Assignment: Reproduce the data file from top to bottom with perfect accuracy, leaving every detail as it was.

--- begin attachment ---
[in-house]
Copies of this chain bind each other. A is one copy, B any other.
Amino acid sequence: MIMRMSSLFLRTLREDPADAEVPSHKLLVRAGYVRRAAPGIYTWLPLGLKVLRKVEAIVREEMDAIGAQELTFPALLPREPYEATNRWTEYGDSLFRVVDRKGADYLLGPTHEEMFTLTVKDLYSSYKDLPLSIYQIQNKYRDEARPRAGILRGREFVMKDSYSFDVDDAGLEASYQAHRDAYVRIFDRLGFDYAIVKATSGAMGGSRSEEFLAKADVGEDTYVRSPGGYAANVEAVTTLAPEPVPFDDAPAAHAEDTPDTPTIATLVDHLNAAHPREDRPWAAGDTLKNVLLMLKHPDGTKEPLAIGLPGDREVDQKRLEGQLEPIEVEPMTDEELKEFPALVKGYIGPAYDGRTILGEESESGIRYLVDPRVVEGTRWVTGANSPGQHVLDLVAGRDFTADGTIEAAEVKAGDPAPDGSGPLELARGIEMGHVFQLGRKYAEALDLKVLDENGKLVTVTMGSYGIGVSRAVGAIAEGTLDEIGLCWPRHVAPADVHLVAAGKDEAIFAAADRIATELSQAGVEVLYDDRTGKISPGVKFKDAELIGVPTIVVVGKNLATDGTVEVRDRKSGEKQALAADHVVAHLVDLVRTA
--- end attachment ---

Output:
[in-house]
Copies of this chain bind each other. A is one copy, B any other.
Amino acid sequence: MIMRMSSLFLRTLREDPADAEVPSHKLLVRAGYVRRAAPGIYTWLPLGLKVLRKVEAIVREEMDAIGAQELTFPALLPREPYEATNRWTEYGDSLFRVVDRKGADYLLGPTHEEMFTLTVKDLYSSYKDLPLSIYQIQNKYRDEARPRAGILRGREFVMKDSYSFDVDDAGLEASYQAHRDAYVRIFDRLGFDYAIVKATSGAMGGSRSEEFLAKADVGEDTYVRSPGGYAANVEAVTTLAPEPVPFDDAPAAHAEDTPDTPTIATLVDHLNAAHPREDRPWAAGDTLKNVLLMLKHPDGTKEPLAIGLPGDREVDQKRLEGQLEPIEVEPMTDEELKEFPALVKGYIGPAYDGRTILGEESESGIRYLVDPRVVEGTRWVTGANSPGQHVLDLVAGRDFTADGTIEAAEVKAGDPAPDGSGPLELARGIEMGHVFQLGRKYAEALDLKVLDENGKLVTVTMGSYGIGVSRAVGAIAEGTLDEIGLCWPRHVAPADVHLVAAGKDEAIFAAADRIATELSQAGVEVLYDDRTGKISPGVKFKDAELIGVPTIVVVGKNLATDGTVEVRDRKSGEKQALAADHVVAHLVDLVRTA